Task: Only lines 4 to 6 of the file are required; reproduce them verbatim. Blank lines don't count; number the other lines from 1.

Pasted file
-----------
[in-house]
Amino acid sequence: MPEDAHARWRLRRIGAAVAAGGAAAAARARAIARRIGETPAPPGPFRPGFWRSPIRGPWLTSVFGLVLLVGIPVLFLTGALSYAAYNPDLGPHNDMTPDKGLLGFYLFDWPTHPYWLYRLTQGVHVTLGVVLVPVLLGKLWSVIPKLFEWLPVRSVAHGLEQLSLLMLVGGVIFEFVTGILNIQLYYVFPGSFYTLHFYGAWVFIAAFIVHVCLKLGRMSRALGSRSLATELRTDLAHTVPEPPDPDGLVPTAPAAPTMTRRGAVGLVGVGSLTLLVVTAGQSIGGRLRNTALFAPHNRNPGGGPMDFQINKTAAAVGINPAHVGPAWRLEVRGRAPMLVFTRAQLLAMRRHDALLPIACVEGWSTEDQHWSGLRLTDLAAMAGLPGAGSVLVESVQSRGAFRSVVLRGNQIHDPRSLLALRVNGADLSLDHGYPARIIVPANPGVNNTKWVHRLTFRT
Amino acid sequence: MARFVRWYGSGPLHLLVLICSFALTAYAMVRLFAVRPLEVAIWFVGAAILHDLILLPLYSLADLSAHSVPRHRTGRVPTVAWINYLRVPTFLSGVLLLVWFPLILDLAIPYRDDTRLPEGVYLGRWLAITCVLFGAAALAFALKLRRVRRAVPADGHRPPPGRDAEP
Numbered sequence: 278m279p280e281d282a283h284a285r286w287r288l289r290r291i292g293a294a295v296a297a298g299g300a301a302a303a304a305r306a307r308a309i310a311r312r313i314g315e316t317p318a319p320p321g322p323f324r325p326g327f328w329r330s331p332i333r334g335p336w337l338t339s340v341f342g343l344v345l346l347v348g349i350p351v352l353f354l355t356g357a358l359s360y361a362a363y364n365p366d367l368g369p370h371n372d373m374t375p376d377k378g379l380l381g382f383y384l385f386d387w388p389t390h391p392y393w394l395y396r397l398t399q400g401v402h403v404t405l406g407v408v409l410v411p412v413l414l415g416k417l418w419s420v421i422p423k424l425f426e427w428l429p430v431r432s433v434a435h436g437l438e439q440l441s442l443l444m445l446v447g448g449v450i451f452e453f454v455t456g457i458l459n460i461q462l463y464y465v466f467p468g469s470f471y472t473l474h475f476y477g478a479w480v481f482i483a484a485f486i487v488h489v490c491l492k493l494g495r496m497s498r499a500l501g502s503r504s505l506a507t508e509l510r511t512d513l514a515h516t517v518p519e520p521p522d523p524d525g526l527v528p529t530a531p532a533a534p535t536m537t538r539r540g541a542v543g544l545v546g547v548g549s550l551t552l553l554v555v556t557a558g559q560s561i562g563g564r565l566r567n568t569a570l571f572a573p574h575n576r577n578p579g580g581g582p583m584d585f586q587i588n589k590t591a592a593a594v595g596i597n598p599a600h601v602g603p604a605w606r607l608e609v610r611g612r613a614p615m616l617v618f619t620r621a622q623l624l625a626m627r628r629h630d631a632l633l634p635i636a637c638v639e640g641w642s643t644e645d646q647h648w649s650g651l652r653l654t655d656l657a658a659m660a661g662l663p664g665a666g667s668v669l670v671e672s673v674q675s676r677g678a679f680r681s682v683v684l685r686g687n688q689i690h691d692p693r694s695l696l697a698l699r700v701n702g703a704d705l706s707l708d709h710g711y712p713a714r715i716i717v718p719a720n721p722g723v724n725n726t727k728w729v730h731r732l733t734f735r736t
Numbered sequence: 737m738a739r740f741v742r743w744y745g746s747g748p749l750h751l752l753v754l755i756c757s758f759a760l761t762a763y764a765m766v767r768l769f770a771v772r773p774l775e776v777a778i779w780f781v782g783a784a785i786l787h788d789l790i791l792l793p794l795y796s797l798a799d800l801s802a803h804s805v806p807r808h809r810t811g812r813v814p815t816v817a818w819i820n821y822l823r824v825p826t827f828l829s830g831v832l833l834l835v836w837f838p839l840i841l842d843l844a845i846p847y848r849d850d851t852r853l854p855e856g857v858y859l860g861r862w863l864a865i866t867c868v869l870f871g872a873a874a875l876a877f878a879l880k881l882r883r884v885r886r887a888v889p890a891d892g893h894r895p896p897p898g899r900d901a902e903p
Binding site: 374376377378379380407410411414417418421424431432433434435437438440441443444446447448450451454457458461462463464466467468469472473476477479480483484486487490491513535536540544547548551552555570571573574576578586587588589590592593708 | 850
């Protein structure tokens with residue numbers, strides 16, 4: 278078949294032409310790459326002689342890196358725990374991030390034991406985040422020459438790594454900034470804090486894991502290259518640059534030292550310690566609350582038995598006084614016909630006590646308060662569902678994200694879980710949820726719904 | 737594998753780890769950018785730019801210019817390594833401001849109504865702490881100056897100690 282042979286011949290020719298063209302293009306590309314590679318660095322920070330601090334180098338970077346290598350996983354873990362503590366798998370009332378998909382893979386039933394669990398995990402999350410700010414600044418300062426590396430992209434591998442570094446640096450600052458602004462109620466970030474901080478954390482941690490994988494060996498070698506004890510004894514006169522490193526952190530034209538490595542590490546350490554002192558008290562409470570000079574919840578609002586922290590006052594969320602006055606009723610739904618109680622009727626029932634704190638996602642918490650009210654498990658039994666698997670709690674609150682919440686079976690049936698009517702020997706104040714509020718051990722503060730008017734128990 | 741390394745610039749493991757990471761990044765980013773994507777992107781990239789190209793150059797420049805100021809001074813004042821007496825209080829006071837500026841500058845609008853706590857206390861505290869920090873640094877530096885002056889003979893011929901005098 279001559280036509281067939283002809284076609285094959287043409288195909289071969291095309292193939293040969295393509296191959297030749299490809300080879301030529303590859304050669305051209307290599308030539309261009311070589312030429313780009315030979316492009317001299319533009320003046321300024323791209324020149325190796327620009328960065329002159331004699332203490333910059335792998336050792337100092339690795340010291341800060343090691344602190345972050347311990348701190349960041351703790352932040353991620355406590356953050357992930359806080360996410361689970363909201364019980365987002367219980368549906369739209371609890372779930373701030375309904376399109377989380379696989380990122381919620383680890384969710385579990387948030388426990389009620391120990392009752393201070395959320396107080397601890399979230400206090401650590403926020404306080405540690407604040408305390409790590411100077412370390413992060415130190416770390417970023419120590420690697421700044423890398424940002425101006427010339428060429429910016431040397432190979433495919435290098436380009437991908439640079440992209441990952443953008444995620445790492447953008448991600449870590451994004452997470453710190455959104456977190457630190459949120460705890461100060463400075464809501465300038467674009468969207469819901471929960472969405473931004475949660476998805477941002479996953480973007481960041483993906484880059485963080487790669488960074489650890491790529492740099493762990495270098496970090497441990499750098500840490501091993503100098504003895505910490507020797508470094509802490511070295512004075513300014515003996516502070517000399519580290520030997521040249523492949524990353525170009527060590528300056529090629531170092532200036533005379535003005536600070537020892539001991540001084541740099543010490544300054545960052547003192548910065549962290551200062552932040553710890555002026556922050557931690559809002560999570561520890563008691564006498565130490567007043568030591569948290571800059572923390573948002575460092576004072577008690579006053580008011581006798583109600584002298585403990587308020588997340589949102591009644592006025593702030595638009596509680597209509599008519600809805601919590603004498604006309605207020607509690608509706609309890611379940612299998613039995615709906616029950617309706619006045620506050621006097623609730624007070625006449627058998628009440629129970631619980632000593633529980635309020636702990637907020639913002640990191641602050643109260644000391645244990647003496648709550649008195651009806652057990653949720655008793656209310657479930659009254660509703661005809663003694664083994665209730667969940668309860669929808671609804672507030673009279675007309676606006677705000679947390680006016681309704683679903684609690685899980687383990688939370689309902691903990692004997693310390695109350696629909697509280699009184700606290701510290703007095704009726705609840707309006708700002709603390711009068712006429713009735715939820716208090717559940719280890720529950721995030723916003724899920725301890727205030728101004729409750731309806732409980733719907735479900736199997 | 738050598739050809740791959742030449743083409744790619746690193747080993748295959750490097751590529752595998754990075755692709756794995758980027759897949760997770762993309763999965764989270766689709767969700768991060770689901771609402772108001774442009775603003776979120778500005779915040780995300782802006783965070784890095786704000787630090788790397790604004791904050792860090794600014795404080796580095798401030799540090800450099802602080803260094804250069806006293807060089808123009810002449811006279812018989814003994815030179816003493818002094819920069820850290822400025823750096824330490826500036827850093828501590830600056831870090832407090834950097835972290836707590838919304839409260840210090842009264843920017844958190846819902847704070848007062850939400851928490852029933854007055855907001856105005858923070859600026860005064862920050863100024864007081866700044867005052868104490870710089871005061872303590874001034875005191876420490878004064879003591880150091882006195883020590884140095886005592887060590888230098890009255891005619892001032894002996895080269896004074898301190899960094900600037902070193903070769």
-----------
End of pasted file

Numbered sequence: 278m279p280e281d282a283h284a285r286w287r288l289r290r291i292g293a294a295v296a297a298g299g300a301a302a303a304a305r306a307r308a309i310a311r312r313i314g315e316t317p318a319p320p321g322p323f324r325p326g327f328w329r330s331p332i333r334g335p336w337l338t339s340v341f342g343l344v345l346l347v348g349i350p351v352l353f354l355t356g357a358l359s360y361a362a363y364n365p366d367l368g369p370h371n372d373m374t375p376d377k378g379l380l381g382f383y384l385f386d387w388p389t390h391p392y393w394l395y396r397l398t399q400g401v402h403v404t405l406g407v408v409l410v411p412v413l414l415g416k417l418w419s420v421i422p423k424l425f426e427w428l429p430v431r432s433v434a435h436g437l438e439q440l441s442l443l444m445l446v447g448g449v450i451f452e453f454v455t456g457i458l459n460i461q462l463y464y465v466f467p468g469s470f471y472t473l474h475f476y477g478a479w480v481f482i483a484a485f486i487v488h489v490c491l492k493l494g495r496m497s498r499a500l501g502s503r504s505l506a507t508e509l510r511t512d513l514a515h516t517v518p519e520p521p522d523p524d525g526l527v528p529t530a531p532a533a534p535t536m537t538r539r540g541a542v543g544l545v546g547v548g549s550l551t552l553l554v555v556t557a558g559q560s561i562g563g564r565l566r567n568t569a570l571f572a573p574h575n576r577n578p579g580g581g582p583m584d585f586q587i588n589k590t591a592a593a594v595g596i597n598p599a600h601v602g603p604a605w606r607l608e609v610r611g612r613a614p615m616l617v618f619t620r621a622q623l624l625a626m627r628r629h630d631a632l633l634p635i636a637c638v639e640g641w642s643t644e645d646q647h648w649s650g651l652r653l654t655d656l657a658a659m660a661g662l663p664g665a666g667s668v669l670v671e672s673v674q675s676r677g678a679f680r681s682v683v684l685r686g687n688q689i690h691d692p693r694s695l696l697a698l699r700v701n702g703a704d705l706s707l708d709h710g711y712p713a714r715i716i717v718p719a720n721p722g723v724n725n726t727k728w729v730h731r732l733t734f735r736t
Numbered sequence: 737m738a739r740f741v742r743w744y745g746s747g748p749l750h751l752l753v754l755i756c757s758f759a760l761t762a763y764a765m766v767r768l769f770a771v772r773p774l775e776v777a778i779w780f781v782g783a784a785i786l787h788d789l790i791l792l793p794l795y796s797l798a799d800l801s802a803h804s805v806p807r808h809r810t811g812r813v814p815t816v817a818w819i820n821y822l823r824v825p826t827f828l829s830g831v832l833l834l835v836w837f838p839l840i841l842d843l844a845i846p847y848r849d850d851t852r853l854p855e856g857v858y859l860g861r862w863l864a865i866t867c868v869l870f871g872a873a874a875l876a877f878a879l880k881l882r883r884v885r886r887a888v889p890a891d892g893h894r895p896p897p898g899r900d901a902e903p
Binding site: 374376377378379380407410411414417418421424431432433434435437438440441443444446447448450451454457458461462463464466467468469472473476477479480483484486487490491513535536540544547548551552555570571573574576578586587588589590592593708 | 850